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  • 1
    Language: English
    In: The Journal of Allergy and Clinical Immunology, June 2016, Vol.137(6), pp.1807-1808
    Description: To link to full-text access for this article, visit this link: http://dx.doi.org/10.1016/j.jaci.2016.02.012 Byline: Nurlan Dauletbaev, Larry C. Lands Author Affiliation: Montreal Children's Hospital, Montreal, Quebec, Canada Article History: Received 5 February 2016; Accepted 17 February 2016 Article Note: (footnote) Disclosure of potential conflict of interest: N. Dauletbaev has received grants from the Gosselin Foundation, Cystic Fibrosis Canada, and the Krieble Foundation; is employed by Montreal Children's Hospital / Research Institute of McGill University Health Centre, and has received payment for lectures from Montreal Children's Hospital. L. C. Lands has received grants from the Gosselin Foundation, the Krieble Foundation, and Cystic Fibrosis Canada, is employed by McGill University, and has patent on fenretinide for cystic fibrosis through McGill University.
    Keywords: Severe Asthma ; Review ; Lipoxin A4 ; Leukotriene B4 ; Frp2/Alx ; Inflammation ; Corticosteroid Resistance ; Mechanism ; Medicine
    ISSN: 0091-6749
    E-ISSN: 1097-6825
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  • 2
    Language: English
    In: Nutrition, June 2013, Vol.29(6), pp.918-924
    Description: Lung infection caused by is associated with an exuberant inflammatory response, oxidative stress, and lung damage. Whey protein is a rich source of cysteine, and anti-inflammatory and immune-enhancing peptides. Anti-inflammatory and antioxidant properties of whey are augmented by hyperbaric pressure treatment. In this study, we tested whether dietary supplementation with pressurized whey protein enhances the host ability to clear infection compared with native (i.e., unpressurized) whey. Using a minimally invasive, non-lethal model of murine (female C57Bl/6) model of infection (mucoid strain embedded in agar beads), we studied kinetics of infection, inflammation, and oxidative stress at d 1, 3, and 7 postinfection. A parallel set of mice were fed for 4 wk a semipurified diet containing either native or pressurized whey and subsequently infected with . In these mice, the parameters mentioned previously were studied at d 1 and 3 postinfection. Infection with resulted in inflammation and protein oxidation sustained beyond bacterial clearance. Animals that were fed pressurized whey had fewer bacteria at day 3 than mice on native whey. Weight loss or broncho-alveolar lavage cell content were comparable. Airway protein oxidation was attenuated, whereas airway leukocyte bacterial killing ability and oxidative burst in response to opsonized bacteria were increased in the pressurized whey–fed animals. Use of nutritionally derived substances with anti-inflammatory and antioxidant properties, such as pressurized whey, aids in limiting airway bacterial infection, particularly, under conditions of ongoing oxidative stress.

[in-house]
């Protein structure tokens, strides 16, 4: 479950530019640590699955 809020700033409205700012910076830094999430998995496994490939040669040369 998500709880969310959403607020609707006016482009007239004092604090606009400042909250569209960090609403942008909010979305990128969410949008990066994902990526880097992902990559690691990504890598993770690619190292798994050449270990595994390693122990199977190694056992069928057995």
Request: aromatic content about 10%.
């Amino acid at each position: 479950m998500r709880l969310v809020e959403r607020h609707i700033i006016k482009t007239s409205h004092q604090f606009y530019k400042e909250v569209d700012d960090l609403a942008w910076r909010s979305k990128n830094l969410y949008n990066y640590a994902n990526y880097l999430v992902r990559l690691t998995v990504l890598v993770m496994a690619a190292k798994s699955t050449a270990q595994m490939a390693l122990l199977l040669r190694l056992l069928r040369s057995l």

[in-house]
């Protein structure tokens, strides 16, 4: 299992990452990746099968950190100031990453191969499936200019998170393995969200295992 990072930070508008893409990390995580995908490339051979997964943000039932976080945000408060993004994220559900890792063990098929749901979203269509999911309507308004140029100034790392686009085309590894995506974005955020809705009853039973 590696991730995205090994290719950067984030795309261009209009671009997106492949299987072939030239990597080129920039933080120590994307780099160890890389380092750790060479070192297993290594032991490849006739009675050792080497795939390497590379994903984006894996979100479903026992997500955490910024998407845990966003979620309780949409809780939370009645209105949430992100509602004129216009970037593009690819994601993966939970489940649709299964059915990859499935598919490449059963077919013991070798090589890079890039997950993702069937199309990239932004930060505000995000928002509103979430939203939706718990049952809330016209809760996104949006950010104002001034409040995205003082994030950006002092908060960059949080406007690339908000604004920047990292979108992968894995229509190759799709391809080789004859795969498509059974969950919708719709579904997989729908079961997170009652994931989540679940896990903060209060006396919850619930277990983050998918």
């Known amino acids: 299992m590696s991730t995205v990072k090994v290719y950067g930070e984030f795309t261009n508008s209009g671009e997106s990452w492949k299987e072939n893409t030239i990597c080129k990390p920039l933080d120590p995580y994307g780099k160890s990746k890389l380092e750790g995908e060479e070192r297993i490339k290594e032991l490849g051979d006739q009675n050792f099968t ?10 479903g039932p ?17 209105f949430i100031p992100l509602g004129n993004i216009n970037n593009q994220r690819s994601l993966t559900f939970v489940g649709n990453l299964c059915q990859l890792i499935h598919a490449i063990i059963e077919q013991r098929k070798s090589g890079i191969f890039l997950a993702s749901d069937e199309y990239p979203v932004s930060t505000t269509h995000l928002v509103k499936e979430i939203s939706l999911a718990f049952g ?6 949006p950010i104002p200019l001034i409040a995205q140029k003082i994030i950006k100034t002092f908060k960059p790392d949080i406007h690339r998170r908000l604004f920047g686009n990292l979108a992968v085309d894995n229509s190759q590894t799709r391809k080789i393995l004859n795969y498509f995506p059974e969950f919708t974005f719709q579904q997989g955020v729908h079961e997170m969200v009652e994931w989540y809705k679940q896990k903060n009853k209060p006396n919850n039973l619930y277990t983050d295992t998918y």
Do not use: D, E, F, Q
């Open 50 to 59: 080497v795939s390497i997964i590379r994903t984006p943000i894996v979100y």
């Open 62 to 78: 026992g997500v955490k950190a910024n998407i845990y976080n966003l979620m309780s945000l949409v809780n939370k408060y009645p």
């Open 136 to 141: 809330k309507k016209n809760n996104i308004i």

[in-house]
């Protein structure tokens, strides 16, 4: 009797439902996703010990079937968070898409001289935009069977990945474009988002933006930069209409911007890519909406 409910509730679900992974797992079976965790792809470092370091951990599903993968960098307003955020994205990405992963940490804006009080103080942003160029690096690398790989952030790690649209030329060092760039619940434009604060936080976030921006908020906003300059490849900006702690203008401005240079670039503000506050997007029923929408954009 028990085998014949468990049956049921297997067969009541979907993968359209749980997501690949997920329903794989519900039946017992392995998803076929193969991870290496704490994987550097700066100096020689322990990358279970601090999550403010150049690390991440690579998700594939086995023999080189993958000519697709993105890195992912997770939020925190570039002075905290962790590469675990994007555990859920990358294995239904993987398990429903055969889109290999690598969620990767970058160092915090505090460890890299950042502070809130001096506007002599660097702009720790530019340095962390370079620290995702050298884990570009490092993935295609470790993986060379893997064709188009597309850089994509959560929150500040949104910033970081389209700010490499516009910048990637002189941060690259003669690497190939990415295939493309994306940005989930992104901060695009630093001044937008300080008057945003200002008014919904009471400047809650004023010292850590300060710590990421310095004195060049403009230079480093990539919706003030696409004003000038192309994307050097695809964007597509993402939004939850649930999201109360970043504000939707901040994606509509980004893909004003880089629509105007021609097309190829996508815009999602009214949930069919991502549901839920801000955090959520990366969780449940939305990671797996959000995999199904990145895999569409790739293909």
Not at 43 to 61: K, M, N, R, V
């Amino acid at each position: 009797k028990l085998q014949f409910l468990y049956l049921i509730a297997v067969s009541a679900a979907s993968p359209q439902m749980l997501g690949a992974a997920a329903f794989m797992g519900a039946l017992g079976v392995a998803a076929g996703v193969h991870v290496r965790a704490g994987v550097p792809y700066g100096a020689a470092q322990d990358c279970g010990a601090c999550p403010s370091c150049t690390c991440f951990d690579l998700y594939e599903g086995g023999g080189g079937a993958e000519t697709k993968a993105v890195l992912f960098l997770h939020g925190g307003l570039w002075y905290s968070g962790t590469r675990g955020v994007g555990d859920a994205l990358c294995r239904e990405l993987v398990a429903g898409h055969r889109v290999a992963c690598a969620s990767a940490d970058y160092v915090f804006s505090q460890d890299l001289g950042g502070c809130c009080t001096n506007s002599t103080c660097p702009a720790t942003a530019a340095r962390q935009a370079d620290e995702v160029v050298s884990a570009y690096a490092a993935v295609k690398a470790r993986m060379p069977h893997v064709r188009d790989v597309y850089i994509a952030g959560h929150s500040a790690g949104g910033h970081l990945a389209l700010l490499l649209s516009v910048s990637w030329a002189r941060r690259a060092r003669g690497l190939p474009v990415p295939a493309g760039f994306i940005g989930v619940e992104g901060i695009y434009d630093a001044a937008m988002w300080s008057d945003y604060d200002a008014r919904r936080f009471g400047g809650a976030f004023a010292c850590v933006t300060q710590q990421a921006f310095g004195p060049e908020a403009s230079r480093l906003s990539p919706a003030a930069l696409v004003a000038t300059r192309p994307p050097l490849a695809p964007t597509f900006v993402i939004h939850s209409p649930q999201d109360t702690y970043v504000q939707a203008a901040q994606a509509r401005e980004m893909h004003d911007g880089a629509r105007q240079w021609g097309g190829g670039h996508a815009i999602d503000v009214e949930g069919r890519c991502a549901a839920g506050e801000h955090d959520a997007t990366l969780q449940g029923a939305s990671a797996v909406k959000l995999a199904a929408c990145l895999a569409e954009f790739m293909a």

Keywords: Pseudomonas Aeruginosa ; Mouse ; Animal Model ; Dietary Intervention ; Whey ; Neutrophils ; Oxidative Stress ; Protein Carbonylation ; Oxidative Burst ; Anatomy & Physiology ; Diet & Clinical Nutrition
    ISSN: 0899-9007
    E-ISSN: 1873-1244
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  • 3
    Language: English
    In: The British journal of nutrition, 14 July 2013, Vol.110(1), pp.58-68